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Dr. Stefan Huggenberger from the University of Cologne explains sound production in sperm whales in "Moby Dick's Boom Box: Nasal Complex of Sperm Whales," a presentation at the Smithsonian's National...
An early scale model of North Atlantic right whale Phoenix that was used to develop a life size model for the Smithsonian shows the location of scars on her mouth from entanglements with fishing gear...
Traveling aboard the Charles W. Morgan , a 173-year-old whaling ship on its 38th Voyage, I’m struck by its paradox: this vessel which spent years chasing and killing whales is now helping us to study...
A life-size, meticulously detailed model of the North Atlantic right whale Phoenix hangs in the Smithsonian’s Sant Ocean Hall in the National Museum of Natural History, Washington, DC. More about...
This whale is entangled in fishing gear. Entangled whales often need human help to break free from the fishing gear . But the job is hard one that requires handling a small boat near the large (and...
The rough patches of skin known as callosities occur in unique patterns on all North Atlantic right whales and help researchers identify and track individual whales. This whale is named Phoenix. More...
Monodontids, the group of whales that includes the belugas and narwhals swimming our ocean today, are emblematic symbols of the Arctic. However, their fossil record, although scarce, suggests that...
A view of the injured fluke belonging to Phoenix’s mother, Stumpy. It is not known what caused this injury. It possibly could have been an entanglement. More about whales can be found in our Tale of...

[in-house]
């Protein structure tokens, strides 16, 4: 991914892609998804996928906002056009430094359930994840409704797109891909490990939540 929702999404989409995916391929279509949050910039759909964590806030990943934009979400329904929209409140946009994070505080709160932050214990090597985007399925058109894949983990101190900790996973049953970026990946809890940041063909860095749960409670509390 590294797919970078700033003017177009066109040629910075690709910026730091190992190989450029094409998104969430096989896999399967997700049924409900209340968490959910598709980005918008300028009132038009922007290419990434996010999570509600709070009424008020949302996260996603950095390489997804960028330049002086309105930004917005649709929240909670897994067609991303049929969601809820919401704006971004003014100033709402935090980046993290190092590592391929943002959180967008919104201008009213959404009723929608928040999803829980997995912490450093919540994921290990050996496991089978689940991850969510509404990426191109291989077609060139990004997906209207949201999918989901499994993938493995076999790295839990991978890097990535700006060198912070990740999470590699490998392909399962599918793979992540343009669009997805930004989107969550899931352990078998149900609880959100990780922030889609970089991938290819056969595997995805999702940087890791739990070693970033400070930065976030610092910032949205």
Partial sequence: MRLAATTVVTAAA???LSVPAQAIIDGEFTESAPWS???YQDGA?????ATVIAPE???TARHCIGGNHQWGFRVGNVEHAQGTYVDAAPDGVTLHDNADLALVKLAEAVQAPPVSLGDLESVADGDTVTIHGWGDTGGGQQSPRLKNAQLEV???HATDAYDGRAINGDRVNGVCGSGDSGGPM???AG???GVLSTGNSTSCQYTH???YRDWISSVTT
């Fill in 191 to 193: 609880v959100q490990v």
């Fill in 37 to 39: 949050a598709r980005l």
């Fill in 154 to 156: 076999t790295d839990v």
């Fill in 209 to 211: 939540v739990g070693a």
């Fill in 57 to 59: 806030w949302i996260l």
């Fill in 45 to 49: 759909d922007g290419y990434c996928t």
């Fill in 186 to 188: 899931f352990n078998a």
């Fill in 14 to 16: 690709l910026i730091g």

January 14, 1987: Phoenix is first spotted as she swims with her mother, Stumpy, off the coast of Georgia. More about right whales can be found in our Tale of a whale featured story .
An adult giant squid struggles for survival in an encounter with a sperm whale - its only known predator. The whale will probably overpower and eat the squid. More about the giant squid can be found...
This magnified photo provides a close-up look at copepods—tiny crustaceans that right whales feed on. There are many species of copepods that live throughout the water column, from floating at the...
John Hildebrand discusses his research at the Scripps Whale Acoustic Lab on the FLIP platform. Learn more about how scientists are using bioacoustics to study and protect whales .
Phoenix swimming with her calf in February 2007 in the Southeast calving grounds off the coasts of Georgia and Florida. Researchers track these highly endangered whales (there are only about 450 of...
Beluga whales are naturally vocal animals. They are often called “ canaries of the sea ” thanks to their wide repertoire of sounds such as whistles, squeals, moos, chirps, and clicks. Some...
North Atlantic right whales and ocean-going vessels often cross paths. Researchers have worked to show the interactions between whales and ships in order to protect the whales from collision. More...
Whalers harpoon a right whale in this 1856 Currier & Ives print.
How do right whales size up? North Atlantic Right whales ( Eubalaena glacialis ) are big, but they're not the biggest whales. That distinction goes to the Blue whale ( Balaenoptera musculus ), the...
This radio device is used to track North Atlantic right whales. Suction cups hold the device to a whale's back, where it records data such as depth, water, temperature, and underwater sounds. These...
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